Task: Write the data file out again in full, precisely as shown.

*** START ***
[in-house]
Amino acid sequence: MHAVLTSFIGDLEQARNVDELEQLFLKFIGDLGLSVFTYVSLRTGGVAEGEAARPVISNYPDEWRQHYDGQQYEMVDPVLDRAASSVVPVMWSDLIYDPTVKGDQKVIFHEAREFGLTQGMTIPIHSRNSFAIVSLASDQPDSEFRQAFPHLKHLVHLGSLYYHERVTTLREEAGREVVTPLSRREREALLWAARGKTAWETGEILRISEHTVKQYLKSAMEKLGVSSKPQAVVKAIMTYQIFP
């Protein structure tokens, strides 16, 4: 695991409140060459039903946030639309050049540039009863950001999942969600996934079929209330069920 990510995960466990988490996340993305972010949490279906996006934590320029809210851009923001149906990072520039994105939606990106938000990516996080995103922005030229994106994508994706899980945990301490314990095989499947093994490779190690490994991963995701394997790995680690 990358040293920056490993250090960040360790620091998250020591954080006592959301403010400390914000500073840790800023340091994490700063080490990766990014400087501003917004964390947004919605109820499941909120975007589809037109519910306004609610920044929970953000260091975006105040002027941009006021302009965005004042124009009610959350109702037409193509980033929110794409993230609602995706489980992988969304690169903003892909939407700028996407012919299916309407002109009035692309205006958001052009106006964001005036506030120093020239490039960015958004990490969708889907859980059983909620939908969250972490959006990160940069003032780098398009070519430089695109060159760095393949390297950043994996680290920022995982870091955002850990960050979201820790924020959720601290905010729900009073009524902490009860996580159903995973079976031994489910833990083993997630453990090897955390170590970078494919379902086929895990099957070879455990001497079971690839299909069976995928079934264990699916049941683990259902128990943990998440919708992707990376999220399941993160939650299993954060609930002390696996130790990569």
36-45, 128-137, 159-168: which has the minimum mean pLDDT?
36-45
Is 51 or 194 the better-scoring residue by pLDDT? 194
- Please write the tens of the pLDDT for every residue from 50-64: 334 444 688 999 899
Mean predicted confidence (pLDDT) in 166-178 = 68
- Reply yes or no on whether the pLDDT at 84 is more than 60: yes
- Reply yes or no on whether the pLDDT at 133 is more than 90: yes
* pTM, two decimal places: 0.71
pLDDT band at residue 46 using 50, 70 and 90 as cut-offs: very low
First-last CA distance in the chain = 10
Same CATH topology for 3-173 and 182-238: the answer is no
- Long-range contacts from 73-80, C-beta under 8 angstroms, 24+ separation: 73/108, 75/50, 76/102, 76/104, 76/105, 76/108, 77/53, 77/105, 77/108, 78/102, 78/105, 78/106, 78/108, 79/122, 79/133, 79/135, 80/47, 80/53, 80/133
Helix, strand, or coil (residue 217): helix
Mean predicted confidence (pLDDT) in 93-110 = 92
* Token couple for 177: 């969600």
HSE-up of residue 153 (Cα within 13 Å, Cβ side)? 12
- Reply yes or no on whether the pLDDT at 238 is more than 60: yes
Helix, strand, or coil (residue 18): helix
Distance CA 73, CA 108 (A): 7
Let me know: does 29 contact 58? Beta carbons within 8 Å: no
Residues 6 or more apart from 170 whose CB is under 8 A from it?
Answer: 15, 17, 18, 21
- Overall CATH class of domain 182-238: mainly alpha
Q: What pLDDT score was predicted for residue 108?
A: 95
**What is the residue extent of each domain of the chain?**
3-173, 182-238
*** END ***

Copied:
[in-house]
Amino acid sequence: MHAVLTSFIGDLEQARNVDELEQLFLKFIGDLGLSVFTYVSLRTGGVAEGEAARPVISNYPDEWRQHYDGQQYEMVDPVLDRAASSVVPVMWSDLIYDPTVKGDQKVIFHEAREFGLTQGMTIPIHSRNSFAIVSLASDQPDSEFRQAFPHLKHLVHLGSLYYHERVTTLREEAGREVVTPLSRREREALLWAARGKTAWETGEILRISEHTVKQYLKSAMEKLGVSSKPQAVVKAIMTYQIFP
């Protein structure tokens, strides 16, 4: 695991409140060459039903946030639309050049540039009863950001999942969600996934079929209330069920 990510995960466990988490996340993305972010949490279906996006934590320029809210851009923001149906990072520039994105939606990106938000990516996080995103922005030229994106994508994706899980945990301490314990095989499947093994490779190690490994991963995701394997790995680690 990358040293920056490993250090960040360790620091998250020591954080006592959301403010400390914000500073840790800023340091994490700063080490990766990014400087501003917004964390947004919605109820499941909120975007589809037109519910306004609610920044929970953000260091975006105040002027941009006021302009965005004042124009009610959350109702037409193509980033929110794409993230609602995706489980992988969304690169903003892909939407700028996407012919299916309407002109009035692309205006958001052009106006964001005036506030120093020239490039960015958004990490969708889907859980059983909620939908969250972490959006990160940069003032780098398009070519430089695109060159760095393949390297950043994996680290920022995982870091955002850990960050979201820790924020959720601290905010729900009073009524902490009860996580159903995973079976031994489910833990083993997630453990090897955390170590970078494919379902086929895990099957070879455990001497079971690839299909069976995928079934264990699916049941683990259902128990943990998440919708992707990376999220399941993160939650299993954060609930002390696996130790990569």
36-45, 128-137, 159-168: which has the minimum mean pLDDT?
36-45
Is 51 or 194 the better-scoring residue by pLDDT? 194
- Please write the tens of the pLDDT for every residue from 50-64: 334 444 688 999 899
Mean predicted confidence (pLDDT) in 166-178 = 68
- Reply yes or no on whether the pLDDT at 84 is more than 60: yes
- Reply yes or no on whether the pLDDT at 133 is more than 90: yes
* pTM, two decimal places: 0.71
pLDDT band at residue 46 using 50, 70 and 90 as cut-offs: very low
First-last CA distance in the chain = 10
Same CATH topology for 3-173 and 182-238: the answer is no
- Long-range contacts from 73-80, C-beta under 8 angstroms, 24+ separation: 73/108, 75/50, 76/102, 76/104, 76/105, 76/108, 77/53, 77/105, 77/108, 78/102, 78/105, 78/106, 78/108, 79/122, 79/133, 79/135, 80/47, 80/53, 80/133
Helix, strand, or coil (residue 217): helix
Mean predicted confidence (pLDDT) in 93-110 = 92
* Token couple for 177: 């969600």
HSE-up of residue 153 (Cα within 13 Å, Cβ side)? 12
- Reply yes or no on whether the pLDDT at 238 is more than 60: yes
Helix, strand, or coil (residue 18): helix
Distance CA 73, CA 108 (A): 7
Let me know: does 29 contact 58? Beta carbons within 8 Å: no
Residues 6 or more apart from 170 whose CB is under 8 A from it?
Answer: 15, 17, 18, 21
- Overall CATH class of domain 182-238: mainly alpha
Q: What pLDDT score was predicted for residue 108?
A: 95
**What is the residue extent of each domain of the chain?**
3-173, 182-238